Home to pristine beaches, sea turtles and the world famous Puerto Princesa Underground River, about 50 kilometers north of the provincial capital, Palawan is often seen as the Philippines’ last eco-tourism frontier. It is also the jump-off point for scuba divers traveling to Tubbataha Reef, 150 kilometers southeast of Puerto Princesa.

However, despite being a top tourism destination, Palawan is beset with a power shortage, with daily outages that sometimes last up to 10 hours. The irony is that Palaweños pay double for electricity — P12 kwh compared to P6 kwh in Metro Manila. Because Palawan is not connected to the national grid, power is produced by diesel plants.

Despite the power shortage, local residents, aware that the province relies heavily on eco-tourism, have protested against a planned coal-fired plant by DMCI Power Corporation in Aborlan town.

With the island’s ecosystems and climate change in mind, Palawan’s provincial government is aiming to produce 100 percent of its energy needs from green renewable sources.

That can be done, said Ramsundersingh, citing Germany as one bright spot in the drive to use solar power. In 1998, only five percent of Germany’s energy needs came from clean renewable energy. In 2012, that has grown to 22 percent, with solar plants producing up to 45 gigawatts. Coal use went down from 22 percent to 19 percent.

“It truly requires clear decisions and leadership at all levels to make such shifts to remove political, economic and financial obstacles, and to put in place new rules and regulations that would create an enabling environment for renewable technologies to grow and to create thousands of new jobs. This has enabled Germany to enjoy on a bright sunny day the 45 percent of power in the grid to be solar power,” said Ramsundersingh.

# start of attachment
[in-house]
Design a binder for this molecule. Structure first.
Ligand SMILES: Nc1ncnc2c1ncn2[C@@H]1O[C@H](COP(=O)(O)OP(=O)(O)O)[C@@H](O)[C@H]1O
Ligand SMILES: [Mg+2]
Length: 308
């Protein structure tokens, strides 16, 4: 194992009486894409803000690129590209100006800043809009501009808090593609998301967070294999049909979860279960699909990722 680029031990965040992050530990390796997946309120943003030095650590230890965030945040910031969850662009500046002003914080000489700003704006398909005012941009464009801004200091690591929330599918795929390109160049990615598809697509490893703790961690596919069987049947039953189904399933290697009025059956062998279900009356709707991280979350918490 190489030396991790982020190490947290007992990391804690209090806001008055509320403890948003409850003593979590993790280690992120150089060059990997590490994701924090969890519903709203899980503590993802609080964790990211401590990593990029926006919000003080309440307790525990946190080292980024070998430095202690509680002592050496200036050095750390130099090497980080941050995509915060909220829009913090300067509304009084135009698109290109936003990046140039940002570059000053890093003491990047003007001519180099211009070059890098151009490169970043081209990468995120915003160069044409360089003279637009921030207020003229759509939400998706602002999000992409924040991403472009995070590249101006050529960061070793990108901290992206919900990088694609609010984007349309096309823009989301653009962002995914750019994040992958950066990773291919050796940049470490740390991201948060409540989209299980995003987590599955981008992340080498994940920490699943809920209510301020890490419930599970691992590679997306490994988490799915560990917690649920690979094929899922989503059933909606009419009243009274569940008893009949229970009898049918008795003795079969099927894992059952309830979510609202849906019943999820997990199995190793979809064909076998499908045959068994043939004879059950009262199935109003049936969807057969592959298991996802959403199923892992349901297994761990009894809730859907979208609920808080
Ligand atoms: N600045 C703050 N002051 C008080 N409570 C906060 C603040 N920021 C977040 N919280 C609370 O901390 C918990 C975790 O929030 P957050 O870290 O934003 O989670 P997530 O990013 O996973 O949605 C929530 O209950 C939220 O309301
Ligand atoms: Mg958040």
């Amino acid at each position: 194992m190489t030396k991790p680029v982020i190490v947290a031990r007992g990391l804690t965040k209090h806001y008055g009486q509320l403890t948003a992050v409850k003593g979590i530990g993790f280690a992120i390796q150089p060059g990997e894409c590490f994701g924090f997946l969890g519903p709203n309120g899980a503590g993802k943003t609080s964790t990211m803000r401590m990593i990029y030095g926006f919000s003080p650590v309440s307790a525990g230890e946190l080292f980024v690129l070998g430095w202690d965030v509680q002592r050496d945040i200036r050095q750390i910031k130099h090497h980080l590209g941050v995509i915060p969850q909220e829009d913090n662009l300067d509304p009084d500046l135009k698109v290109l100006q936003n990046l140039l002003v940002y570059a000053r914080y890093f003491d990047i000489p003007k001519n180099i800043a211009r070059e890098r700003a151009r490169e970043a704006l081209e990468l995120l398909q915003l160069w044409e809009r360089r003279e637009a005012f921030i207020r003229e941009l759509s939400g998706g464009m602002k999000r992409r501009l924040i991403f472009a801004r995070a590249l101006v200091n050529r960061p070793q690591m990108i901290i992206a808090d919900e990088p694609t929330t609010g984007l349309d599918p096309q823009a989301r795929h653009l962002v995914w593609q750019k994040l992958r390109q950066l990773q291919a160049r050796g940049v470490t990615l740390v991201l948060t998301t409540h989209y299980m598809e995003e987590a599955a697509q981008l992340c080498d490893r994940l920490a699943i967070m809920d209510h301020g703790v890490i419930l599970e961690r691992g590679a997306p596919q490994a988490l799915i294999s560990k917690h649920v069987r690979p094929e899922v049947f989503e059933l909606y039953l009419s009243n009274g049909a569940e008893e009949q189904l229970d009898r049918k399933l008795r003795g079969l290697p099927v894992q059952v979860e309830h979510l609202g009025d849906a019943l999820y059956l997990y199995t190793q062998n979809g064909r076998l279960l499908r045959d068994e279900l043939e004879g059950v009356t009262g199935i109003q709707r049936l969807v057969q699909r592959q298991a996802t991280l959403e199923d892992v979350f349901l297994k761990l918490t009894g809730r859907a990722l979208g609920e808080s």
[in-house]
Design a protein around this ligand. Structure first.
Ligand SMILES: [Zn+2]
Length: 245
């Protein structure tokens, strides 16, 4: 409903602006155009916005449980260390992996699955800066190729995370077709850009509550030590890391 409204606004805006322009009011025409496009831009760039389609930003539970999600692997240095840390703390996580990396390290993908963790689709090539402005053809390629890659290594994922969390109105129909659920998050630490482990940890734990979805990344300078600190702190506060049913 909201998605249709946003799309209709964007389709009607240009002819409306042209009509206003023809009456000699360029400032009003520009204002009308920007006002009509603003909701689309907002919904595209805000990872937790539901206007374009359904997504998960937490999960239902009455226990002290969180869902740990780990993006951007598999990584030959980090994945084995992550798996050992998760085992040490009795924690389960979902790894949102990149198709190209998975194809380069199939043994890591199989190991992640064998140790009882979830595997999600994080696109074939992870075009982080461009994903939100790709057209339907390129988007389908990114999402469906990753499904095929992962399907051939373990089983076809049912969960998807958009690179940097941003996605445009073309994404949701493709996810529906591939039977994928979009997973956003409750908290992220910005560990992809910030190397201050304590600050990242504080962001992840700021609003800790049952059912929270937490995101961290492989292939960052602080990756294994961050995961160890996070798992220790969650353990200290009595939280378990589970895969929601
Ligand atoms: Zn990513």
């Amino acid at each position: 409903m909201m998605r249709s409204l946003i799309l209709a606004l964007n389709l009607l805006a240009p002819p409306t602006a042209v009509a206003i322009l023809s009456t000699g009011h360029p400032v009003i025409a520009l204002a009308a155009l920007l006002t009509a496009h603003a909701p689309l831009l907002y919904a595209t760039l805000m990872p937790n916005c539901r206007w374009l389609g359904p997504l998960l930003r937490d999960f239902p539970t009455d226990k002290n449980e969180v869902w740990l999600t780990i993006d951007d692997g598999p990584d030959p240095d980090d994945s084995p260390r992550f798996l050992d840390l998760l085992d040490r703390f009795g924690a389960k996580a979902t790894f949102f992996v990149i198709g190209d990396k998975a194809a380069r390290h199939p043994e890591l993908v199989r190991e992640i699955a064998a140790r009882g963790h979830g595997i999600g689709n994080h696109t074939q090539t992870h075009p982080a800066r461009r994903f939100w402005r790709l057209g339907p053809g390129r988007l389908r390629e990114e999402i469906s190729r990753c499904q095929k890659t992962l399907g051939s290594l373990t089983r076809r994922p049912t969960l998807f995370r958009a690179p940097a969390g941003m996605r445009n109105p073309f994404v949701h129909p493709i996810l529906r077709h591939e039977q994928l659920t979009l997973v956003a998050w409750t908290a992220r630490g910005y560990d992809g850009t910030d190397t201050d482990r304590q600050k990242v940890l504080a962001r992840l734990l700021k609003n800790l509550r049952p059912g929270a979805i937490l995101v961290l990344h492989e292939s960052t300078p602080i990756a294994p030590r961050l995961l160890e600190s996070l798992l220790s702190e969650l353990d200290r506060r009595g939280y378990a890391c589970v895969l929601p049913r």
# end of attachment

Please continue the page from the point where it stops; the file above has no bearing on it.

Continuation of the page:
Another factor that makes solar power plants attractive for Palawan is that they are faster to build. “For example, a 30-MW solar power plant can be built in less than six months, while its equivalent in hydro or geothermal power could require more than six years,” he said. “Its diesel or gas equivalent could be installed in a short period of time, while a coal-fired plant would require two to three years.”

WEnergy is currently looking into the feasibility of a 4MW solar power plant in Davao City, as well as other similar micro-grid projects in other areas of Palawan.

According to WEnergy, global investments in renewable energy increased 17 percent to a new record of $257 billion in 2011. Emerging economies made up 35% of this total investment, compared to 65% for developed economies. “So we are certainly seeing a green growth trajectory in the power sector, even if we have quite some way to go to achieve an energy mix that is truly sustainable,” Ramsundersingh said.

It takes political will and money to shift to solar power, but Ramsundersingh said their “biggest challenge is to shift the minds of government and corporate decision-makers and academia towards understanding that renewable energy can be done and must be done.”